Honoring Leaders Who Made a Difference
To: Company Commanders
From: Company Commanders
As we reflect on how we came to be the leaders we are today, we are reminded of our role in developing the leaders of tomorrow. In the June 2007 CompanyCommand article, we shared the story of Hank Arnold, Steve Delvaux and Steve's lieutenants as a great example of 'Third-Generation Leadership."
Leaders with a third-generation perspective develop their leaders with future generations in mind.
There are thousands of untold "Hank and Steve" stories in our profession. One CC forum member, Jay Miseli, inspired by the article, launched a discussion in the CC forum, telling his own story and asking his fellow professionals, "Who made you the leader you are today?" Listen in as CC members reflect upon this question.
C Co & HHC, 2-69 AR, 3 ID
I took my Headquarters Company on a Thursday morning, spent that first day responding to a congressional inquiry and spent Friday getting my arms around admin for this beast (375 Soldiers on the books). That Monday, my mortar platoon was supporting an IOBC (Infantry Officer Basic Course) indirect fire exercise, and I intended to visit them on the range but didn't make it out. That evening, when they returned to the company HQ, the platoon sergeant reported some disturbing news. (The platoon leader was TDY to the Mortar Leader Officer Course at the time.)
The new brigade combat team (BCT) commander, who had been in command about one month at this point, had dropped by the range and wasn't happy with what he saw. The IOBC cadre had directed the platoon to set up their mortars in an open field with no camouflage nets or any cover because the cadre wanted the second lieutenants to see the adjustments occurring. So, the platoon complied (outside of their SOP), and having registered their tubes, were in the middle of a lunch break in a nearby woodline when the BCT commander arrived. Not only was the platoon in, shall we say, a degraded uniform for lunch, but the firing positions were anything but tactical per the previous request. The BCT commander calmly explained to the platoon sergeant (PSG) that this was a wasted training opportunity and that in our BCT, we never waste an opportunity to prepare for war. They walked through the positions and made some refinements, and then he departed.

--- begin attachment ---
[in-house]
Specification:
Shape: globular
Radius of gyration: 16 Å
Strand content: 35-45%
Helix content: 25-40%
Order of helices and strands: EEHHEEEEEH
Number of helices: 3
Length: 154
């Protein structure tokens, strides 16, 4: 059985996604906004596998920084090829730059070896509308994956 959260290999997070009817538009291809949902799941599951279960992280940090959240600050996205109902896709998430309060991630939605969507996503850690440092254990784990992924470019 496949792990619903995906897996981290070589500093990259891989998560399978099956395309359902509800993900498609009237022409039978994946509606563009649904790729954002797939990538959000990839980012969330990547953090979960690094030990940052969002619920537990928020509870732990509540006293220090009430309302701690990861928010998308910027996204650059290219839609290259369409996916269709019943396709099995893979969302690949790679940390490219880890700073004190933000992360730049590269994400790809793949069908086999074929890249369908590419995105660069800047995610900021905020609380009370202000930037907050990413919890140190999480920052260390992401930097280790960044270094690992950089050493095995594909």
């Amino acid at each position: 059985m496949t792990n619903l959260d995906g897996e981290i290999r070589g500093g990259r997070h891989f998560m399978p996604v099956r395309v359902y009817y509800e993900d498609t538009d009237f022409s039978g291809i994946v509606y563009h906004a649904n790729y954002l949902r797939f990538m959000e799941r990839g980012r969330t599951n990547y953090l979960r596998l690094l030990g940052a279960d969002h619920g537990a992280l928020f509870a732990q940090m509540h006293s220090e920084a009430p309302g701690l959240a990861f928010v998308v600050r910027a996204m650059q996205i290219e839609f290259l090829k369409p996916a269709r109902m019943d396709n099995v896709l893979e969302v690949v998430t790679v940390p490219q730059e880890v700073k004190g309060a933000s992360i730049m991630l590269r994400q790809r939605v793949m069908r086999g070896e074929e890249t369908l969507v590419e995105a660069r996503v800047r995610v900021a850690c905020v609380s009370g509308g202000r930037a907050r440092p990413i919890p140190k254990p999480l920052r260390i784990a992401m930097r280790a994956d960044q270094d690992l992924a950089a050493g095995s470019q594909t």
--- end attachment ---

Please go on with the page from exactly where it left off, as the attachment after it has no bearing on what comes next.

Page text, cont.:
Soon after that report from the PSG, my battalion commander called and relayed (again in a calm manner) the same basic story. At this point, I felt like a dirtball, having not gone out there and not really knowing the appropriate standards for mortar firing positions in the first place; I felt certain that this had cemented a negative first impression with the BCT commander.
Four days later, our battalion was doing a run when the BCT commander saw us and decided to join us. He started running with the command group, and then started working his way down the line through the companies, talking for a while with each company commander. When he got to me, I thought, "Here it comes," expecting to get a well-deserved chewing out for Monday's range. Instead, he ran with me for more than 10 minutes, the entire time explaining that his singular focus as BCT commander was wartime readiness, and that if necessary, training and preparing for war would be at the expense of other areas (what he deemed housekeeping). In those 10 minutes, he gave me the clearest guidance I had received as far as priorities go, and for the remainder of my time in Headquarters and Headquarters Company (22 more months, including Operation Iraqi Freedom under his command), I knew, with firsthand knowledge, that my boss expected me to train and prepare for war above all else-and this gave me perfect clarity for focusing my efforts.
I will never forget the power of that experience. I fully expected to get chewed out and treated like an ineffective commanding officer from there onward. Instead, I got a powerful lesson in calm and positive leadership as well as perfectly clear guidance for my number one priority in command. …